Betws Mountains

…Into the Fire

Caitlin O’Sullivan

Photos taken on a better day when I could actually see the valley

I had been waiting for warmer weather before heading up Betws mountain, and it wasn’t until my editor messaged me “piece” that convinced me I had no more time to wait. I had to get out into the misting, miserable, soak-through-to-your-bones hellish wetness that was my country, with a cold. Out of the frying pan…

“Sshhhh I’m sleeping…..” I messaged back.

“By tomorrow please,” he said. I could imagine him sighing and rolling his eyes.

I looked out of the window, and it wasn’t promising. I just got in from my 3am shift. I knew how cold that wind was.

“Ugh.” I blew my nose and coughed phlegm to convince myself that I had a right to feel sorry for myself. Travel Writing waits for no woman. Nor does Joel. If I died, I’d get someone to kill Joel too, or maybe chain him to a rock on Betws Mountain for all eternity like Prometheus.

“How’d you get here, mush?”

“I killed my writer and must atone,ā€ he’ll reply.


Ironically I was the one playing with fire, as all I had for comfort was a lighter and a thermos of tea. I couldn’t open the flask because my hands were too wet. My legs were soaked and shivering, my hands sticky and covered in bits of paper; due to the limitations of modern technology, I was using a now disintegrating piece of paper as a map.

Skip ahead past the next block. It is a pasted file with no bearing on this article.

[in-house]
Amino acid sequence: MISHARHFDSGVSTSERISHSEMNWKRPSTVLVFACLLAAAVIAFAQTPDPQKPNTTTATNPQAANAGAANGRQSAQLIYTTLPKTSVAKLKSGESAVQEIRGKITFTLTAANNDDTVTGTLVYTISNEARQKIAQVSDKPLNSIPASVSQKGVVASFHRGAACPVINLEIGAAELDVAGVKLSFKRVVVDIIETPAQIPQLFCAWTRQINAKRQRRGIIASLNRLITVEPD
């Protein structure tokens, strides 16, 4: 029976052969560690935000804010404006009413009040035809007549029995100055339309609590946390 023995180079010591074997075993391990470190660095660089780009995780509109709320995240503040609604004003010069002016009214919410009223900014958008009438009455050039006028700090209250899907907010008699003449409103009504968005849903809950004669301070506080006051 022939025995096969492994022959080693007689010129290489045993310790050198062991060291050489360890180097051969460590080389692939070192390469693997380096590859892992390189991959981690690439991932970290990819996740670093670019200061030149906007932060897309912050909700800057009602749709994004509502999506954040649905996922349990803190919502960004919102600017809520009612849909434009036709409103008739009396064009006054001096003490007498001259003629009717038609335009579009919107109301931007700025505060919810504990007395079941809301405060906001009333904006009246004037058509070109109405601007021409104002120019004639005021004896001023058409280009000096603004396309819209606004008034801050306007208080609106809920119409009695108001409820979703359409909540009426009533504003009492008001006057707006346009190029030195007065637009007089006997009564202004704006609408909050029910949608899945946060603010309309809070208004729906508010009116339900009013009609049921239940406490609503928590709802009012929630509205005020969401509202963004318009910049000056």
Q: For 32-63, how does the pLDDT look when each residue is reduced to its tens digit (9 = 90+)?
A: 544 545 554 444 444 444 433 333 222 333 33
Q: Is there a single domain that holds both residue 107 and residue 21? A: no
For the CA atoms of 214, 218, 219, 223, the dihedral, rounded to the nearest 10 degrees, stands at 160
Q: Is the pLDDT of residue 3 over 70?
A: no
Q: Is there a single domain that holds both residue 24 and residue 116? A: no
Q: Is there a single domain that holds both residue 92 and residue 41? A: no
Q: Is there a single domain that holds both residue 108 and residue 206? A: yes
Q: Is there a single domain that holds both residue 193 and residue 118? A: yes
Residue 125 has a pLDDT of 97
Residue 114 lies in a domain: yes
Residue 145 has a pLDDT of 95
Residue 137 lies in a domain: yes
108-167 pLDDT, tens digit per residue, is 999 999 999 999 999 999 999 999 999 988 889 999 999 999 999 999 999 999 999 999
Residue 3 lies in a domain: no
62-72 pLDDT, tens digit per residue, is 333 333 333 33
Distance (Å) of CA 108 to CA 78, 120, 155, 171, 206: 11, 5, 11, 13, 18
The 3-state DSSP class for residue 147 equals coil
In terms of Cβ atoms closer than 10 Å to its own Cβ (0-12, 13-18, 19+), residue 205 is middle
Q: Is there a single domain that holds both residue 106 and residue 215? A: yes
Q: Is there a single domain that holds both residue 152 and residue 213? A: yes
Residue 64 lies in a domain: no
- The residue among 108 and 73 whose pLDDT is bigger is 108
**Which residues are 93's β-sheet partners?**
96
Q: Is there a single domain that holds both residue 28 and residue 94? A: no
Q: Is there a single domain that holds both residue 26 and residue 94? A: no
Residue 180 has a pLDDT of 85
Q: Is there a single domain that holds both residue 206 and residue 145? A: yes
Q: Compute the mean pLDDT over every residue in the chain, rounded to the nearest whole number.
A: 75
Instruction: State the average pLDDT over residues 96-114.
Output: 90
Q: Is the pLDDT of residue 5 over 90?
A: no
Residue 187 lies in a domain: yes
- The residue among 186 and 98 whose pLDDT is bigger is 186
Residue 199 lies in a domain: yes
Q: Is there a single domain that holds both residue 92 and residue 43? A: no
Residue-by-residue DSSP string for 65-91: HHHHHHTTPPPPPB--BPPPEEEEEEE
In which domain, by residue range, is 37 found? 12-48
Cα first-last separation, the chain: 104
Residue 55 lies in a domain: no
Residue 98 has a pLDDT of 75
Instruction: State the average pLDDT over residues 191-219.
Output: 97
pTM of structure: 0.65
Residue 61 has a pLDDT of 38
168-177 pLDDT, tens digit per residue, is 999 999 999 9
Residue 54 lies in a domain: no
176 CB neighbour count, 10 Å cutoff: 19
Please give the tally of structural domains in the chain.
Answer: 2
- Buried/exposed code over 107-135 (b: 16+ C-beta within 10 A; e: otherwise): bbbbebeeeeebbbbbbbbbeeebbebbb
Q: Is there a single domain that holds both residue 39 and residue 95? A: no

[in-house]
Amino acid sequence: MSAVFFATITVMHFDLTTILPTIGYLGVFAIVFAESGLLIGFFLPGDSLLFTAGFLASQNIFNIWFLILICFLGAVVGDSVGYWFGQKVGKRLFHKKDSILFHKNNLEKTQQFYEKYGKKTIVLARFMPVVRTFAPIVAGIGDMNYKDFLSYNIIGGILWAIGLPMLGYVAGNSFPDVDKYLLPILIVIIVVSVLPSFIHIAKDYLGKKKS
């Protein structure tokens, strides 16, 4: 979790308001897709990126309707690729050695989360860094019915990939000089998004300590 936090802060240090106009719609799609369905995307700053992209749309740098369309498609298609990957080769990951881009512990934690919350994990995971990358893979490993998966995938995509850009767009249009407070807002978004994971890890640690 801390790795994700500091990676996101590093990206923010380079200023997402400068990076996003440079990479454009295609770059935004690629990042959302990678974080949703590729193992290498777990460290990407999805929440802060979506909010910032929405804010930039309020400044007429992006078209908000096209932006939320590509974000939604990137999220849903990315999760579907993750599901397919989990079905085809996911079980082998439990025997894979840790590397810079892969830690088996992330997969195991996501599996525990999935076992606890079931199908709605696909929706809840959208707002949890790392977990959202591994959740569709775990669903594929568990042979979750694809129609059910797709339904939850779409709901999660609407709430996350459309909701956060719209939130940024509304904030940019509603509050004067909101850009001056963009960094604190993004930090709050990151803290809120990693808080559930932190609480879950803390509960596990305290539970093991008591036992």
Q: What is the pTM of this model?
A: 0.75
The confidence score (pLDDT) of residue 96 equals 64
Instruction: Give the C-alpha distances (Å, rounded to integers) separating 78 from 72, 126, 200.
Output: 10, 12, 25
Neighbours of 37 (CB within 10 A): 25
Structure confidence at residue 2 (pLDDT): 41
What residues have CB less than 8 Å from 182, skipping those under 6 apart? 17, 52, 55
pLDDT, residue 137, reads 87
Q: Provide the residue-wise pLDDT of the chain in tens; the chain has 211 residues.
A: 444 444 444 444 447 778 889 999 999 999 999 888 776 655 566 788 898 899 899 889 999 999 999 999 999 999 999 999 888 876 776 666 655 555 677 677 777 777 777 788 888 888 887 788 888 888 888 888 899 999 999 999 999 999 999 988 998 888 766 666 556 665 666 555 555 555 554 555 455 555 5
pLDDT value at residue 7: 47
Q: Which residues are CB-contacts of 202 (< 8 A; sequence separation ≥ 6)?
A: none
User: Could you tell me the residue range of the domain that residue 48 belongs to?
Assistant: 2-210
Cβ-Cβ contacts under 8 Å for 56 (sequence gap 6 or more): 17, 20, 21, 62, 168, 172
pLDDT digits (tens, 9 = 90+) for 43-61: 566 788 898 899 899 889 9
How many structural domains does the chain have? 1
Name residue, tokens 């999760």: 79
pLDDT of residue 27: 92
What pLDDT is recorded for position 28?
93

“Ugh.” I stomped past the church for the second time, it was freezing, I couldn’t see crap because of the torture falling from the sky. Somewhere I’d taken a wrong turn. It should have been impossible; the route was basically a straight line. I realised then that I should just go home, say screw Joel, screw writing, and curl up under a blanket with a real cup of tea and not-wet tissues. Pathetically rubbing my hands on the thermos lid trying to open it, I decided to carry on.


I thought I had to be making progress because the pavement disappeared. Despite the stupid rain, the walk was smooth, there wasn’t a steep incline, and houses on both sides meant the wind was much more manageable than I had assumed. About 40 minutes in, hardy, scrubby grasslands on all sides and a really fantastic view of the valley almost made me feel like the trip was worth it. My face was so cold and wet, I didn’t realise I had snot all over my chin until I wiped it off, but I stood looking out over Betws, ā€œin which the burden of the mystery, in which the heavy and weary weight of all this unintelligible world, is lightened.ā€

Yes, this was the perfect place to chain my editor to a rock.


Editor: Joel Emmons

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